Wednesday, 23 December 2009

673 THE LEMONHEADS, Eugene Kelly, London Shepherd's Bush Empire, Thursday 15 September 2005

Continuing my recent early 90's US alt-rock revisitation (Pixies, Posies, Bob Mould playing Sugar songs), here's the Lemonheads doing all of "It's A Shame About Ray", their 1992 classic! Rachel and I headed down at 6-ish for this eagerly-awaited gig, part of ATP's "Don't Look Back" series of 90's artistes playing their best work, start to finish. Not an onerous task for Evan Dando's reformed Lemonheads, given that "It's A Shame About Ray" clocked in at a brisk 29 minutes!

Parked up in the Bush at 1/4 to 8 despite an above-average number of dickheads on the road, and met Tim and crew as he parked up. Took good spots in the venue (down the front, stage left) just before support Eugene Kelly came on at 8. I was happy that Kelly was playing, having missed his Dinosaur Jr. support earlier this year, and initially I enjoyed his laid-back, harmonious West Coast tinged pop, with shades of Teenage Fanclub, as you'd expect from this influential Scottish troubadour. An acoustic "Jesus Doesn't Want Me For A Sunbeam", covered by Nirvana back in the day, was a highlight, but the set was overlong and started to drag. Still, plenty to show there's life in the old dog yet, despite him looking like a grey-haired bank manager these days!

The place filled up rapidly as the witching hour approached, and we noticed Kev from Seafood making his way through the crowd, saying hi to him in the process. The lights dimmed at 9.30, and Evan Dando led the Lemonheads on; not the classic "Ray" line-up, but rather a new 3-piece incarnation with hired gunslingers Bill Stevenson on drums, and our Boston buddy Josh Lattanzi on bass, backing Dando up. Nevertheless, they were superb - by the pogo-stick bounce of the second number "Confetti" I was in the mosh, singing along to these familiar, easy melodies and spaced out lyrics. Dando's genius is most evident on "It's A Shame About Ray", its perfect marriage of post-grunge US college rock and country, producing naggingly familiar melodies to form the basis for his rich baritone. And Dando, slim, healthy looking and content, was on top form tonight and clearly enjoying himself. Meanwhile, I pogoed on in the mosh, catching Josh's eye midway through "My Drug Buddy", a languid "hey" of recognition illuminating his features.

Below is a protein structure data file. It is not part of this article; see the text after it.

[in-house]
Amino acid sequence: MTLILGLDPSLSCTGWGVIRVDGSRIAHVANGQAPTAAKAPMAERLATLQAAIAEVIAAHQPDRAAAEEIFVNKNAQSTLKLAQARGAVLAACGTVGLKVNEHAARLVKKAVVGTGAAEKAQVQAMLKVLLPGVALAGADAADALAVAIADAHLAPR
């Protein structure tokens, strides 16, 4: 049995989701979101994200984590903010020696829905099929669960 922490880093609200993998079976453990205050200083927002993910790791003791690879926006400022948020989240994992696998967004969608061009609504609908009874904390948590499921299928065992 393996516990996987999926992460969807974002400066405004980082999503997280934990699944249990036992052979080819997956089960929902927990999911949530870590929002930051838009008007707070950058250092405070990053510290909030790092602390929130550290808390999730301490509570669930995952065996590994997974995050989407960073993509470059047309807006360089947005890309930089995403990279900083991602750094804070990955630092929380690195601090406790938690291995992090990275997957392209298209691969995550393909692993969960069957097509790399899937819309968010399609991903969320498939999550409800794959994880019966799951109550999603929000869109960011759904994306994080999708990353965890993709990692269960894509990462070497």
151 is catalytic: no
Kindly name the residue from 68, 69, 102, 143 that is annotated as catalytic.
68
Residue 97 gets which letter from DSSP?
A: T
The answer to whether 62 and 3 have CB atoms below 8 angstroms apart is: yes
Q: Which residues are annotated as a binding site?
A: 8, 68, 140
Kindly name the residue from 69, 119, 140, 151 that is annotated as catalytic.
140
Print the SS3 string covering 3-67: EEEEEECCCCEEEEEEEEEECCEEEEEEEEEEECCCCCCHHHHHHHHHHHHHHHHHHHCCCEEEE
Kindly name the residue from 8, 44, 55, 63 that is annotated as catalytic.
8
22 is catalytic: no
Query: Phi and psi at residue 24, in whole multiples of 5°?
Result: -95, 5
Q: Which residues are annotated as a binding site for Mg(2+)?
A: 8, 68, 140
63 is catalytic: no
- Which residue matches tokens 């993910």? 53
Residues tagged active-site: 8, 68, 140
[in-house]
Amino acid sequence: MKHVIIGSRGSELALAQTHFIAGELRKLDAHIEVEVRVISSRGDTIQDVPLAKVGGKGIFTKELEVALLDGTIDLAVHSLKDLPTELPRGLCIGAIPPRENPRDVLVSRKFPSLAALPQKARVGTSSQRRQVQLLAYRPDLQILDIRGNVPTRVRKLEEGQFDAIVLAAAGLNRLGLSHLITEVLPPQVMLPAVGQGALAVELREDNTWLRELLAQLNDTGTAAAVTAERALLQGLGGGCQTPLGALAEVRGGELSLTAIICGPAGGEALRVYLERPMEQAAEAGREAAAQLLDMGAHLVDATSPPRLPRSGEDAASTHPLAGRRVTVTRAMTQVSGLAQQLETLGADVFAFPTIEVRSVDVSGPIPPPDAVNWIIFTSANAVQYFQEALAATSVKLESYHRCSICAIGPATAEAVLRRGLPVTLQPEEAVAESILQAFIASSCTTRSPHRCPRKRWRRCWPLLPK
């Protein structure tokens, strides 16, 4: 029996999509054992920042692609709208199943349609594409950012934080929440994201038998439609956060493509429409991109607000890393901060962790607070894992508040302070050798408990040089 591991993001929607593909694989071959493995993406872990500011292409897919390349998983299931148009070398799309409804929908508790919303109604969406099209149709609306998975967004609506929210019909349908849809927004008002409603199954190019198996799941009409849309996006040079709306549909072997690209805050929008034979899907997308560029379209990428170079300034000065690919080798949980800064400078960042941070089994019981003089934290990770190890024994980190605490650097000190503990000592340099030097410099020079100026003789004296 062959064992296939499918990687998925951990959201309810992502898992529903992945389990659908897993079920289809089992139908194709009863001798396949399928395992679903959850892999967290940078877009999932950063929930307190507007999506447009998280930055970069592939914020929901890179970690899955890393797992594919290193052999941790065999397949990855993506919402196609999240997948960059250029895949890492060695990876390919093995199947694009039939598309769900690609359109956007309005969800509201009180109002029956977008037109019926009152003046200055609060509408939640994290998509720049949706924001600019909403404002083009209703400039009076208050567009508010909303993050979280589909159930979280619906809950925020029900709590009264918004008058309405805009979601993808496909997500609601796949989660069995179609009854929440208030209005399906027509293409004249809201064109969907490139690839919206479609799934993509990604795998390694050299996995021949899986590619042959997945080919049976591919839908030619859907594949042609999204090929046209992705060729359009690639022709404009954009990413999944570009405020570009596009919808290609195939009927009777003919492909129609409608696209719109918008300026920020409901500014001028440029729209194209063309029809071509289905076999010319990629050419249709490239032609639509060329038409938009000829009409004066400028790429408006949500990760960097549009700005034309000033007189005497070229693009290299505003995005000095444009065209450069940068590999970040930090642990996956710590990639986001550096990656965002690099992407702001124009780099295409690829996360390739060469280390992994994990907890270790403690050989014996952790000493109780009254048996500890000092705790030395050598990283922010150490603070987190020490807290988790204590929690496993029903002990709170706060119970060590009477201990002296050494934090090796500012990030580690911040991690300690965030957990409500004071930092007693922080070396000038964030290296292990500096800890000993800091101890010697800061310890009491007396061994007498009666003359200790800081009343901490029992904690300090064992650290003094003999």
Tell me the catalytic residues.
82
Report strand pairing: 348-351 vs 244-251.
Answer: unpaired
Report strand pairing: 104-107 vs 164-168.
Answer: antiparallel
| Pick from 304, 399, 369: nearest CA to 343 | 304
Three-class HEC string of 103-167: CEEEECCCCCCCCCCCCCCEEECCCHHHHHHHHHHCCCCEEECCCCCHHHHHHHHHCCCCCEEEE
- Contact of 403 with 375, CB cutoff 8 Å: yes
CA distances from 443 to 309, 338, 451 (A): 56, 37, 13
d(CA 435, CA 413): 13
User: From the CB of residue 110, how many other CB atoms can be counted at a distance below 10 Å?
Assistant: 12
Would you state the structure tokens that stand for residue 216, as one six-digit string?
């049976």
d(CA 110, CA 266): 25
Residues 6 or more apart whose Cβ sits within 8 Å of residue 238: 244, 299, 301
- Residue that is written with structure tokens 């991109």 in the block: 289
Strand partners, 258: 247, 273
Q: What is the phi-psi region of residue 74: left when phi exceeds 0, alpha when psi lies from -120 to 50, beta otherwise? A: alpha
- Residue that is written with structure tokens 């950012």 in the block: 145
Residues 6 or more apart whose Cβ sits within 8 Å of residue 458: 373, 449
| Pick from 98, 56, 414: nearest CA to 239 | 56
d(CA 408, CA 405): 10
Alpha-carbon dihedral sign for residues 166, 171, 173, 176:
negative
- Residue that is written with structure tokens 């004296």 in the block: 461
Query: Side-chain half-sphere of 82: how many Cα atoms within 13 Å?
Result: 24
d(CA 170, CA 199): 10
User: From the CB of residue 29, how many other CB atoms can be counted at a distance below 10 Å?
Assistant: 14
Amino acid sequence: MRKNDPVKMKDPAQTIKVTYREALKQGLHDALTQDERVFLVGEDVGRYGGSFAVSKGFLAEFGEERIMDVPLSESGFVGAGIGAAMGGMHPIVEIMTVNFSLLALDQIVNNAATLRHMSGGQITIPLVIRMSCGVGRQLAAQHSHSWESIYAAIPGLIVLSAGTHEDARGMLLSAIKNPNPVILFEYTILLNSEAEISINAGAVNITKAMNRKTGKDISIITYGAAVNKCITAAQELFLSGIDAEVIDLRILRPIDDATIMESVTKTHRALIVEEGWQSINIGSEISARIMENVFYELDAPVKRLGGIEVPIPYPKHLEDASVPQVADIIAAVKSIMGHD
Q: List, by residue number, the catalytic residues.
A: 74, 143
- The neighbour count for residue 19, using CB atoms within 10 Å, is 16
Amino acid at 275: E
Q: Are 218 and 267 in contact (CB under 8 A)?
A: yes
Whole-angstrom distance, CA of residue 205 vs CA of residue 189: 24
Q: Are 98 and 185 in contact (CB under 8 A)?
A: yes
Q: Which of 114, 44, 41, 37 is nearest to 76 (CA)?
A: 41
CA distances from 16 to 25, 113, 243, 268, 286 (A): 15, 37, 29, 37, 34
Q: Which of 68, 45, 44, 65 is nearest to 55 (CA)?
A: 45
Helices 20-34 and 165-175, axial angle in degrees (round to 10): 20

"Ray" whipped by in double-quick time, climaxing in a solo "Frank Mills", from Evan, conducting the sing-along moshpit. A few other solo acoustic numbers - a brilliant "Outdoor Type" and a messy but welcome "Different Drum" - before the band rejoined for a romp through "Hospital" and a surprisingly good "If I Could Talk I'd Tell You". Then Bill and Josh cleared off and Evan announced he was doing one more number; "any requests?" My voice was the loudest as I called for "Stove", and Evan looked directly at me before clarifying. ""Stove"? Uh, okay..." Needless to say, it was superb, even stripped back from the full band oomph. A well-deserved encore later, a strident, vibrant and punchy "Down About It" called an end to proceedings, after a brilliant hour in the company of a true superstar and his henchmen.

Hung out afterwards with Kevin Seafood, then tried to get a message backstage to Josh, but in vain, as we eventually tired and headed off, home for 1 after a superb night!

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